Joint clearing membership has a bearing on the structure of interconnections in financial networks. Indeed, connections between CCPs arise due to the shared clearing membership, and connections between clearing members arise via CCPs. Accordingly, risk transmission in financial networks can be affected (Faruqui et al. (2018)). In the context of centrally cleared markets, a central role in risk transmission is played by the default management mechanism of CCPs. This is usually described in terms of the so-called “default waterfall”, which specifies the order of loss absorption of resources available to CCPs (Duffie (2014)).
Joint clearing membership may affect various layers of the default waterfall. At a general level, the default waterfall can be split into losses paid by defaulters and by survivors. Initial losses are paid for by defaulting members in the form of initial margins and their default fund contributions. Higher losses are paid for by the CCP (through so-called “skin-in-the-game”, i.e. equity) and surviving clearing members (through their default fund contributions and potentially additional contributions). We show that joint clearing membership affects both parts of the default waterfall – namely how both defaulters and survivors pay – and that that this gives rise to different contagion channels.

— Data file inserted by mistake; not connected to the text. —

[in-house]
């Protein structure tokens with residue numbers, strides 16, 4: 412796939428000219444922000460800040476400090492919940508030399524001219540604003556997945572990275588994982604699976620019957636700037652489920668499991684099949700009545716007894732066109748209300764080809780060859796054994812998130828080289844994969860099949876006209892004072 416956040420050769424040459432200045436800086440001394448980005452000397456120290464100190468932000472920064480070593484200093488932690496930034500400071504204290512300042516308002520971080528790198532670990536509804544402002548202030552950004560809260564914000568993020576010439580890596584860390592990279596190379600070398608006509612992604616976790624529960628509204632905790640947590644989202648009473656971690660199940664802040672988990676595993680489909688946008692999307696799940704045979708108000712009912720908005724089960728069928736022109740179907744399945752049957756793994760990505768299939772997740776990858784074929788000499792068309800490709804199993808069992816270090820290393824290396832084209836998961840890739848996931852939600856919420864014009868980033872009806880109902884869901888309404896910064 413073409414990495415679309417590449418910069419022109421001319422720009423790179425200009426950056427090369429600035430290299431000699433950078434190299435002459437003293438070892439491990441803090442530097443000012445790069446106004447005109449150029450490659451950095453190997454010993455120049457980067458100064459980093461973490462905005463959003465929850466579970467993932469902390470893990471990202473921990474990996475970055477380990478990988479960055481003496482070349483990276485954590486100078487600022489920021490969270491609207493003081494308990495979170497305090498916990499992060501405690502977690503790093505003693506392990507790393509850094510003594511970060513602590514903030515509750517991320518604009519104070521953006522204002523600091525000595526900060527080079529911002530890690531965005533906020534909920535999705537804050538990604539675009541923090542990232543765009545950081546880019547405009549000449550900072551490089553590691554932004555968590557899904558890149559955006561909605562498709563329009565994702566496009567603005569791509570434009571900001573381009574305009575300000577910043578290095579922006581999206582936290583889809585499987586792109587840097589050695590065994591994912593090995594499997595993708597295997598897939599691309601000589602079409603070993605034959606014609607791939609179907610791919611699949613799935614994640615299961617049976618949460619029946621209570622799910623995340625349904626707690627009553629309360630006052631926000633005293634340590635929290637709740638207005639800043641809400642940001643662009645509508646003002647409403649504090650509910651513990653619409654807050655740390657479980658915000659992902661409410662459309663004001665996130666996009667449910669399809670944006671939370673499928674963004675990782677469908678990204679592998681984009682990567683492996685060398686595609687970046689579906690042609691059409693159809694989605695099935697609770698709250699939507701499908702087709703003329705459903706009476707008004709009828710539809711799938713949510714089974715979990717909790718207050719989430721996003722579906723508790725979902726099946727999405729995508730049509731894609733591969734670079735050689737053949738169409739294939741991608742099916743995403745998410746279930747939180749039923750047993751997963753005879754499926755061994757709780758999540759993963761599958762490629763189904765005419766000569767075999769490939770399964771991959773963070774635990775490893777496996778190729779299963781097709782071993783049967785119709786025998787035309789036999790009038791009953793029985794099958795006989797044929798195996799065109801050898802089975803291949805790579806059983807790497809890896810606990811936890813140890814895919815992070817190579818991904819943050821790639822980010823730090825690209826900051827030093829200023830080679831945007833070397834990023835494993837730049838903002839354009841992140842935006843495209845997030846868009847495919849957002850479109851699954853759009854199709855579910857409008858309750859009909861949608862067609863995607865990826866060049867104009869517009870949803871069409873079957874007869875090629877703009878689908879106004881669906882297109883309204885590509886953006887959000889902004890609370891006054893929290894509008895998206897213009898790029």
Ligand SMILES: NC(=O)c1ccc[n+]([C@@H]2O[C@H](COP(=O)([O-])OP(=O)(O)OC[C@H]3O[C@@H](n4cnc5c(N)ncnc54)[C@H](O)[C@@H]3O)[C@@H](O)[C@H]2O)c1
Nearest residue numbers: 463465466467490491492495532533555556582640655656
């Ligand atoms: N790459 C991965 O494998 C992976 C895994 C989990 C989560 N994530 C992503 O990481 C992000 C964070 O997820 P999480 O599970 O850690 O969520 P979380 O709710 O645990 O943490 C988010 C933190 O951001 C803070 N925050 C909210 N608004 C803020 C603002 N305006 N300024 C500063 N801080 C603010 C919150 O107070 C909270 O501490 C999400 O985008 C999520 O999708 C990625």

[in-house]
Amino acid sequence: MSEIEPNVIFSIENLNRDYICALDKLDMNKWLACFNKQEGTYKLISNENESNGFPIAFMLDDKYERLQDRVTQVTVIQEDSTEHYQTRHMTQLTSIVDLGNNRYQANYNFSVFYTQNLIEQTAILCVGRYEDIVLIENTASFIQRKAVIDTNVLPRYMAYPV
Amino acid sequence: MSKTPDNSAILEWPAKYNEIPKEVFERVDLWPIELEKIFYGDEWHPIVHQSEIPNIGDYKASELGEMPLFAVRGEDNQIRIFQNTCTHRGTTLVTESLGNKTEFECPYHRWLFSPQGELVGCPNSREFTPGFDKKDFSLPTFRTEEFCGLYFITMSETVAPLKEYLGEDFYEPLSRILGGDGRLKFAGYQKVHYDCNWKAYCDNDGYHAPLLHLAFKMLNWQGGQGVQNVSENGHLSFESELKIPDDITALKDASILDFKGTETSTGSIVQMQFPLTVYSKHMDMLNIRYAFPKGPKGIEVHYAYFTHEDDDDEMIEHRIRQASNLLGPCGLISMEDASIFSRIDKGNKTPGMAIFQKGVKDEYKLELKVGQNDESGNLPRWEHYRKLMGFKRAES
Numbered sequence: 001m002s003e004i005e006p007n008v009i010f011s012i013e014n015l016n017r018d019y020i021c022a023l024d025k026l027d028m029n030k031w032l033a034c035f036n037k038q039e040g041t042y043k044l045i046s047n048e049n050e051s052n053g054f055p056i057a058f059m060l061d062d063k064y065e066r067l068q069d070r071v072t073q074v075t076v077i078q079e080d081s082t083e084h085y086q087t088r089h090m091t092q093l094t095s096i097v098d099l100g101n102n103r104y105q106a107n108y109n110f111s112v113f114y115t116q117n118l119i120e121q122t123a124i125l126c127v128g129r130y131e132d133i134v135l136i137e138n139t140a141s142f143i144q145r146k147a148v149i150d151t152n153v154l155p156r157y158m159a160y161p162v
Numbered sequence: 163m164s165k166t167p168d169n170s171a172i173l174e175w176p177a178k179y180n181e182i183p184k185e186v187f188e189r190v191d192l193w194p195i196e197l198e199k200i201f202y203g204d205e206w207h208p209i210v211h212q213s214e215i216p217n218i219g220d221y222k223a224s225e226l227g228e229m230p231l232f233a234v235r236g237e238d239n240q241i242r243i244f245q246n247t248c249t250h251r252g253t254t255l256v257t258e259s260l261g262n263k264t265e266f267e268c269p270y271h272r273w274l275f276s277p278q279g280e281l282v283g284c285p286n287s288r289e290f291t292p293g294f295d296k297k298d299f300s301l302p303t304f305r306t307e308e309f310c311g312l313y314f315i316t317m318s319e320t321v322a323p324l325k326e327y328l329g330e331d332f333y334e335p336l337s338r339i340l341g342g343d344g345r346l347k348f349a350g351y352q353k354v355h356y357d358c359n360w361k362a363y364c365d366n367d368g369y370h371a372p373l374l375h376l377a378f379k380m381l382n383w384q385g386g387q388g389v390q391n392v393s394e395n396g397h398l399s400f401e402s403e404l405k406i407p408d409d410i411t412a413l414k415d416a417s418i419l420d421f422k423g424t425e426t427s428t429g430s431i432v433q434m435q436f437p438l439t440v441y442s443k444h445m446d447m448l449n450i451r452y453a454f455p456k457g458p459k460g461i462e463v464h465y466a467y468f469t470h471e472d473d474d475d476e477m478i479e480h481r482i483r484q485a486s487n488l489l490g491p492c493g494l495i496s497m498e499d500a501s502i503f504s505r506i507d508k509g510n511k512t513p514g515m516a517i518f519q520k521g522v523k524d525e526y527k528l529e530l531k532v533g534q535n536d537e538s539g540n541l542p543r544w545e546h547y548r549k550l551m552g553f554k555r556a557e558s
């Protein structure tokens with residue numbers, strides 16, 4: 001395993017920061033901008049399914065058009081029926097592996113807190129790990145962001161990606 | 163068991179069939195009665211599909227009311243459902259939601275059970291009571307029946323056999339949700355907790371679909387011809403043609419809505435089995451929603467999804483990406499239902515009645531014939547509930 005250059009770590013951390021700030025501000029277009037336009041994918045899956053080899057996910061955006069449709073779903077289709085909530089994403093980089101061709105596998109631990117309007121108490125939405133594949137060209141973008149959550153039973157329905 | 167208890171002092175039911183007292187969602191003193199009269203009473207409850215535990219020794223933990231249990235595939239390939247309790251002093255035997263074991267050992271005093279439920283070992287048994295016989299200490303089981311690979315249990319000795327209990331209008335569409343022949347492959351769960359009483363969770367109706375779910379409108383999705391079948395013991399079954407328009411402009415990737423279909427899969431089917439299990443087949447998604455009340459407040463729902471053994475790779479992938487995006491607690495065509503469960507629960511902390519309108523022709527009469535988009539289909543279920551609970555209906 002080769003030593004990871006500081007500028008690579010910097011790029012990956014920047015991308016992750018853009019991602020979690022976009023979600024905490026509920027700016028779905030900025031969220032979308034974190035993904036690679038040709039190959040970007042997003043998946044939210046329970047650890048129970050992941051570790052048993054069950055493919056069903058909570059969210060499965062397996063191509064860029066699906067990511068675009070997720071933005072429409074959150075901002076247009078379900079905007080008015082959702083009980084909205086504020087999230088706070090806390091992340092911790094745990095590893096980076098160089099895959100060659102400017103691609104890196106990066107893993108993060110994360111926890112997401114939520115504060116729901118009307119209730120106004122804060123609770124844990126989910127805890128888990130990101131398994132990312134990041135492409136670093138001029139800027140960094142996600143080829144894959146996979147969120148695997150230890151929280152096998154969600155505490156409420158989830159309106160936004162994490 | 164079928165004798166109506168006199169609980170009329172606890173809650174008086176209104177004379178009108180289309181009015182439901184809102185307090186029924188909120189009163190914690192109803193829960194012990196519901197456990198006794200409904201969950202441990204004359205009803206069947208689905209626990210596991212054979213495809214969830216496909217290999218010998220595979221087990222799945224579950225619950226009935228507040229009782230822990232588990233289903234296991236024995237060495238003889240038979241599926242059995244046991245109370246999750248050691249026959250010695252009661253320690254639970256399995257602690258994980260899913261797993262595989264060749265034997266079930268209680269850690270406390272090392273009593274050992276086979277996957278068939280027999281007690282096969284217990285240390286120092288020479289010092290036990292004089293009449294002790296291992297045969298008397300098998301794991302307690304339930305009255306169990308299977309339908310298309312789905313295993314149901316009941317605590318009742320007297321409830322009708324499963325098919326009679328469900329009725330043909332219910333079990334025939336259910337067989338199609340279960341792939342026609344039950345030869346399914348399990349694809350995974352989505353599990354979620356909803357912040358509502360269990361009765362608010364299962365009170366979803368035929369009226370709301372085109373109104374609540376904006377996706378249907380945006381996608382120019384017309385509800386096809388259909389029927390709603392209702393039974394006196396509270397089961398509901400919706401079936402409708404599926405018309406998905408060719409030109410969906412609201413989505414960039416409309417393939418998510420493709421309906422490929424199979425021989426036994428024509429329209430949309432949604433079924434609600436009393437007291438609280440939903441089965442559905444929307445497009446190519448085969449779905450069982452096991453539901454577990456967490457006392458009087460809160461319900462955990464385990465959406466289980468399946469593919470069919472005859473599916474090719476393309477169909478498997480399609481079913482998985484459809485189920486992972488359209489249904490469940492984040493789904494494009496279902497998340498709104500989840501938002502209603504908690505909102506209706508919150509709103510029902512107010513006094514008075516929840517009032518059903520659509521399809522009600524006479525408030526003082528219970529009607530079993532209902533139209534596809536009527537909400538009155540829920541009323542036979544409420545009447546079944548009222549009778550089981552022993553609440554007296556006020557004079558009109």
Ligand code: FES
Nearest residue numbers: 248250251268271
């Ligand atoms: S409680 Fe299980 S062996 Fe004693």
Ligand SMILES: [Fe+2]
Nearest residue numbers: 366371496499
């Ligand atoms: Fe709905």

Two contagion channels are considered. The first is the fire-sale channel of initial margins. Initial margins, typically in the form of collateral, serve as the first line of defence to cover losses. A simultaneous default by a joint clearing member at more than one CCP can lead to losses larger than those covered by initial margins at all the CCPs where the member clears. This situation can be considerably worsened if the collateral used is illiquid, as forced liquidation will have an outsize impact on prices, potentially leading to more losses and defaults.
The second channel we consider is associated with one of the last layers of the default waterfall: variation margin gains haircutting (VMGH). When a stressed CCP uses VMGH it only pays out a fraction of the variation margin it owes while still receiving full payments on the variation margin owed by its clearing members. We show that one CCP’s VMGH can transmit losses to another CCP via their joint clearing members.